Bigger Deals, Bigger Bets: EdTech Venture Funding Trends Continue in 2018

Market Insight
Jon Thomas, Spencer Wu, Woodside Capital Partners

With more than 4 billion users now connected to the internet, 50% of the global population (Forbes, December 2018), it is not surprising that the education sector has embraced devices and software to interact, engage, and enhance the learning environment for students. The SaaS subscription revenue model that works for many online education products, coupled with the large market sizes these technologies can serve, has driven interest from venture capitalists and private equity firms for decades.  The key difference in the past few years, however, has been larger funding rounds and valuations across a fewer number of EdTech companies. For the fortunate few, this means a more fully-funded growth plan to seize market opportunities, and the ability to wait out what can sometimes be a painfully long customer adoption cycle.  For those EdTech companies that cannot access funds, or simply do not wish to raise large sums of venture capital money, their ability to maintain a first-mover advantage, or reach cash-flow positive without capital constraint, could be jeopardized by the presence of well-funded rivals.

In the EdTech market alone, the total amount raised in 2018 was $1.45B, matching the previous annual record set in 2015, (Figure 1), but the total deal volume has dramatically decreased 32% from 165 deals to 112 deals. One factor causing larger deal sizes, but less of them, is that many of the large later-stage deals in the EdTech space would have otherwise likely been IPO candidates in years past. However, companies today choose to take their time with an IPO due to the plentiful capital supply in the private markets as well as the regulatory headache and market scrutiny associated with being a public company. This distorts the total private placement numbers we see since the well-funded companies completing the larger private placements pre-IPO comprise a large portion of the overall deal volume. These deals would have been public market statistics in the past.

EdTech unicorns, companies that have reached billion-dollar valuations prior to an IPO, are prominent in the United States and also China. Of the top 10 funded EdTech companies to reach this valuation, 6 originate from China with companies such as VIPKid, iTutorGroup, and Youdao building strong traction as online education and personalized tutoring platforms. Zuoyebang, a web and mobile platform to assist K-12 students on homework assignments, received $500M investments over 2 rounds of funding in August 2017 and July 2018; an additional $500M of developmental capital from Softbank is said to be upcoming. In the United States, Udemy and Udacity have both reached $1.0B valuations, led by ICONIQ Capital and Bertelsmann Digital Media, respectively. Age of Learning also reached unicorn status through providing a strong curriculum for K-12 students.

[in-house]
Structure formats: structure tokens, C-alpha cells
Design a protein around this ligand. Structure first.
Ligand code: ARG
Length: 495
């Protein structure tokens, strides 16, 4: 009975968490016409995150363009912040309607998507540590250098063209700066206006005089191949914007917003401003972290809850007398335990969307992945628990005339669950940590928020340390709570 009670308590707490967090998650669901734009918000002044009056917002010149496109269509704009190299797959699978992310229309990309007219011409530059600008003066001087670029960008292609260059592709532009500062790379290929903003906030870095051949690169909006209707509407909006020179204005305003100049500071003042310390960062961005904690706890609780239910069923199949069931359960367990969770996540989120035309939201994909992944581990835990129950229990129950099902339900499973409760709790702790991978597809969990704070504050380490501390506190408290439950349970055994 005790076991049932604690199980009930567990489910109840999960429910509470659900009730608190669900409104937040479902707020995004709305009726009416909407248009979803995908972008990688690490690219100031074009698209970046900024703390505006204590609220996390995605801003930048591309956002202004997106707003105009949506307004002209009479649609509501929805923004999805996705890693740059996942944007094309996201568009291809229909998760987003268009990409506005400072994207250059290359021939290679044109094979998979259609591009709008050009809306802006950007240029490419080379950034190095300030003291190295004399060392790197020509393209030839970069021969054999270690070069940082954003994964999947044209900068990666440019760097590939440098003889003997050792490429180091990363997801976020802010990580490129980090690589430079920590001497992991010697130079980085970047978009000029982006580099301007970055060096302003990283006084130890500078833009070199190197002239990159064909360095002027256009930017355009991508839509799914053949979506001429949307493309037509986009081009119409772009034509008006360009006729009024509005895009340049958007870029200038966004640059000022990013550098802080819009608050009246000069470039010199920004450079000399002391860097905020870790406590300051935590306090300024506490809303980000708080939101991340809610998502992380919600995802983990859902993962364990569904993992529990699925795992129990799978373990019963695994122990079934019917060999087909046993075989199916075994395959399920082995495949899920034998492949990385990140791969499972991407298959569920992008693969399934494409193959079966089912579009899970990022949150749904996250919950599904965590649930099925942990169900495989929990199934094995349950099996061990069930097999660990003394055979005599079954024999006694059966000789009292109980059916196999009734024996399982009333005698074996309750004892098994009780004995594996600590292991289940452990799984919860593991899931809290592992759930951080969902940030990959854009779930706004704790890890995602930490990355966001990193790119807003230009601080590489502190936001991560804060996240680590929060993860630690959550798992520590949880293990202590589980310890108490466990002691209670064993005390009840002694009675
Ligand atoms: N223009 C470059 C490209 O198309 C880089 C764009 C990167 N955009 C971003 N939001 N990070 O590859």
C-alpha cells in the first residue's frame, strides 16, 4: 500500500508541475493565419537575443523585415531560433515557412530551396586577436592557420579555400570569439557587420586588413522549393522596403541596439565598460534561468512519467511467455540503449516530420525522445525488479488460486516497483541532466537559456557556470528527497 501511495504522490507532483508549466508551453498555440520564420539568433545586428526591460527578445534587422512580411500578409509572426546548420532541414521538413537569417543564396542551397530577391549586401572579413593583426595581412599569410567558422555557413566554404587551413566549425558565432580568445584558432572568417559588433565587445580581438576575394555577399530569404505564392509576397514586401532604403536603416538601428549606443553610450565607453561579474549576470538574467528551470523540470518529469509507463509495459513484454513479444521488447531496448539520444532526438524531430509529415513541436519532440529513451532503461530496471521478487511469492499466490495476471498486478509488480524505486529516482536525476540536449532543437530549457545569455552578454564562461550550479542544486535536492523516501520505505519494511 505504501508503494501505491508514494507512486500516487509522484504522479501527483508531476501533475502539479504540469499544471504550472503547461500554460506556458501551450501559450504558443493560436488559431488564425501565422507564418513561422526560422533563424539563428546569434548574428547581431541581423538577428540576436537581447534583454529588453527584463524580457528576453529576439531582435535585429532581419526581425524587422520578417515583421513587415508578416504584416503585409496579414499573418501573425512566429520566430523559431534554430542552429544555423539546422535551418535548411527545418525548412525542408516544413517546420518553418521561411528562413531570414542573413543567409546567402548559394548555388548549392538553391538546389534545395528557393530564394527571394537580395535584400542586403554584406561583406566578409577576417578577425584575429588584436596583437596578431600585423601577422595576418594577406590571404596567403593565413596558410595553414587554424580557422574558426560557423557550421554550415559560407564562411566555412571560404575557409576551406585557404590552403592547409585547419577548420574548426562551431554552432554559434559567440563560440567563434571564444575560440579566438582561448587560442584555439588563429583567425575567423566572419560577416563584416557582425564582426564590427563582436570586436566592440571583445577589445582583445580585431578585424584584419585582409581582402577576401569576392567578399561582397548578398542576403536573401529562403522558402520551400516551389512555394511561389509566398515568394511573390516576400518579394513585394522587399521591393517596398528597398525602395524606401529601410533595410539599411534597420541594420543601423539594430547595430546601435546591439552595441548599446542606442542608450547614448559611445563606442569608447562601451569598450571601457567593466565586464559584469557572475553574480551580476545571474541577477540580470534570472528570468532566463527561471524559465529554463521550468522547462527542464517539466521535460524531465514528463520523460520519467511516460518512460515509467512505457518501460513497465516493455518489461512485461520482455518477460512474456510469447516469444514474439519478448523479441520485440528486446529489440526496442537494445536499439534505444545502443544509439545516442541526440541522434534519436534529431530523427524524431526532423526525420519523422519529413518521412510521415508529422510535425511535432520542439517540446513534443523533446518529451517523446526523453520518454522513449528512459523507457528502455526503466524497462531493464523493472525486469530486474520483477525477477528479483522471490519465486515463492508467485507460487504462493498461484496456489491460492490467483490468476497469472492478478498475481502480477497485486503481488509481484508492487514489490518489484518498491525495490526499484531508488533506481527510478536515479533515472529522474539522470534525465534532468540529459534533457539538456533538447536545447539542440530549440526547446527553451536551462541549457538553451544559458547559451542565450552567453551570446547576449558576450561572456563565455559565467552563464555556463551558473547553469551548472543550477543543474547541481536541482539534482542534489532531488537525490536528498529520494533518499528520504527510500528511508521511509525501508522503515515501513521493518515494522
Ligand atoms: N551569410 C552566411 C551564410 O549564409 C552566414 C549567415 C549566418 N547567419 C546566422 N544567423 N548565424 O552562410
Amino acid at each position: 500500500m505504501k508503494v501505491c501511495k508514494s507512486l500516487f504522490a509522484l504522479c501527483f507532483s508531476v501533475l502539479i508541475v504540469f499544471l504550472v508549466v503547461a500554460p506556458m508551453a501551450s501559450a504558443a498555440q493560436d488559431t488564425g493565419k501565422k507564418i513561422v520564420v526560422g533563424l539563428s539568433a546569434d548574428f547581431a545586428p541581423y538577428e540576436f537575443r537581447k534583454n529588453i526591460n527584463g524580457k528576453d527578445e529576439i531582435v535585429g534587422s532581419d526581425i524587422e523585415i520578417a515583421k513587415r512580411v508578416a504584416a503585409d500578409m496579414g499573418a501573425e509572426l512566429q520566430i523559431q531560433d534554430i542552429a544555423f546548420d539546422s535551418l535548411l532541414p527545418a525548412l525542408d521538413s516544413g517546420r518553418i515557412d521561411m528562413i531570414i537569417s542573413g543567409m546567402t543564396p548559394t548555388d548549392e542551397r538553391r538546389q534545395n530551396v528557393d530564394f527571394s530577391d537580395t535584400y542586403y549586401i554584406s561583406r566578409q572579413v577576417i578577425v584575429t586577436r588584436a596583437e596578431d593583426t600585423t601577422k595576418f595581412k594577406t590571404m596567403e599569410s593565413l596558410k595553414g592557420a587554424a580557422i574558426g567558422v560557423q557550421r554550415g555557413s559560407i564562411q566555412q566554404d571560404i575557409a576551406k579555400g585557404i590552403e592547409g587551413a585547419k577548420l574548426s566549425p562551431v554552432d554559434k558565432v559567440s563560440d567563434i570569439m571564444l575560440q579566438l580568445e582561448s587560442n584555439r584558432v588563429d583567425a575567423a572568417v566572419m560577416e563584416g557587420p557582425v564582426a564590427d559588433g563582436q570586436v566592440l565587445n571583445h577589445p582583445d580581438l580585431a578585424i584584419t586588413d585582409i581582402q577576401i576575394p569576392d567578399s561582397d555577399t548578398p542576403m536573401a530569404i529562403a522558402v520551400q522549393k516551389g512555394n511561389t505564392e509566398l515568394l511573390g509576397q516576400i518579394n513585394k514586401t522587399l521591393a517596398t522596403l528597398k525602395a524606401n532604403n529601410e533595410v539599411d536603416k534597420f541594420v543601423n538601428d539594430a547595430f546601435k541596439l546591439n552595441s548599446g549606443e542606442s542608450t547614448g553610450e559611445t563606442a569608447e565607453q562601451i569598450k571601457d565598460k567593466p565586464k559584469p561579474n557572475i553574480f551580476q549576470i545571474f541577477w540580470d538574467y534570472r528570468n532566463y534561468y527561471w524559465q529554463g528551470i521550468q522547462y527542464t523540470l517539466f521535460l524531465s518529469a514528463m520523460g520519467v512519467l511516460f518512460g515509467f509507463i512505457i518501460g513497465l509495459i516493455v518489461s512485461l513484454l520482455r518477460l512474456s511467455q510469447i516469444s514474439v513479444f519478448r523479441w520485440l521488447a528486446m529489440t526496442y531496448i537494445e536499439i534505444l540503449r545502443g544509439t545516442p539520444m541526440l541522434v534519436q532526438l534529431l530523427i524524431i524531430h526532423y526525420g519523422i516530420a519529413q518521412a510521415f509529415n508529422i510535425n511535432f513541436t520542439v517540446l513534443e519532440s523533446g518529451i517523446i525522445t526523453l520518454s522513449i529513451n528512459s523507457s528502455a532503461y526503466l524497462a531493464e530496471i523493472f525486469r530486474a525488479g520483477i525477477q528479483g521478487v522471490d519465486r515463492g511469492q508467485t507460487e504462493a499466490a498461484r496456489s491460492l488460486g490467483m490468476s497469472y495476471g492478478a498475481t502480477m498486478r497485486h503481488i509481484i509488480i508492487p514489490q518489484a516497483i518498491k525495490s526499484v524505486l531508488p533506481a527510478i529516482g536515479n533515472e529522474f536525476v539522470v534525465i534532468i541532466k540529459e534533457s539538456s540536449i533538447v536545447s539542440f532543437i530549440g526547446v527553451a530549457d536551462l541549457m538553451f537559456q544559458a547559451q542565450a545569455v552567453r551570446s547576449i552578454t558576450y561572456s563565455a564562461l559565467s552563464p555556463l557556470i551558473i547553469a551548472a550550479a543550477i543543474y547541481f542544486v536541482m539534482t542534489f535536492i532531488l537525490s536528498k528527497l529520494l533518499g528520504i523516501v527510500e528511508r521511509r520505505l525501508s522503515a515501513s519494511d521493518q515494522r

In addition to the unicorn funding rounds, the smaller size companies are getting bigger checks as well. Earlier bets with larger equity checks from a smaller group of VCs can steer specific start-ups towards success while crowding out others. Some notable larger-sized equity rounds in 2018 include Omidyar’s $40M Series C investment in October 2018 into Handshake, a career platform to connect students and recruiters, JMI Equity’s $55M investment in April 2018 into CampusLogic, a student financial service platform, and New Enterprise Associate’s $85M investment in September 2018 into MasterClass, an online education platform to offer video-based vocational courses to complete degrees and certificates.

EdTech is not unique in this trend of bigger, but less frequent, deals. In 2018, total venture capital funding notched a new record at $99.5B compared to $76.4B in 2017 (PWC Money Tree Report, January 2019). The average size for each venture funding stage was $37.5M in Q4’18 for later stage deals and $8.0M for early stage deals, an increase of 50% and 14% from 2017, respectively.  Total number of deals, however, fell to just over 5,500 private placements, demonstrating the lowest level of deal activity since 2013. This alludes to a bigger picture—investors are pouring funding in specific companies and cutting bigger checks across a limited amount of companies.

We believe the trends witnessed in 2018 will continue in the near future for EdTech and the private placement market as a whole. Valuations in private markets may gyrate alongside public markets at times, though liquidity and transparency of secondary trades in the private markets may obscure the effect public markets or other economic indicators have on specific pricing of private placement financing rounds.  The broader effects of this trend on education remain to be seen, but we can likely expect a smaller sample of innovative products, but perhaps more standardization across the industry vertical. 

Jon Thomas, Managing Director, leads the private placements and financial sponsors coverage at Woodside Capital Partners, a value-added investment bank focused on middle market and emerging growth companies in the technology sector.  This article is an overview and analysis of industry trends and is not intended to provide investment recommendations on any specific industry or company. All information supplied or obtained from this report is for informational purposes only and should not be considered investment advice or guidance, an offer of or a solicitation of an offer to buy or sell a security, or a recommendation or an endorsement by Woodside Capital Partners International, LLC, or its affiliate, Woodside Capital Securities, LLC, of any security.

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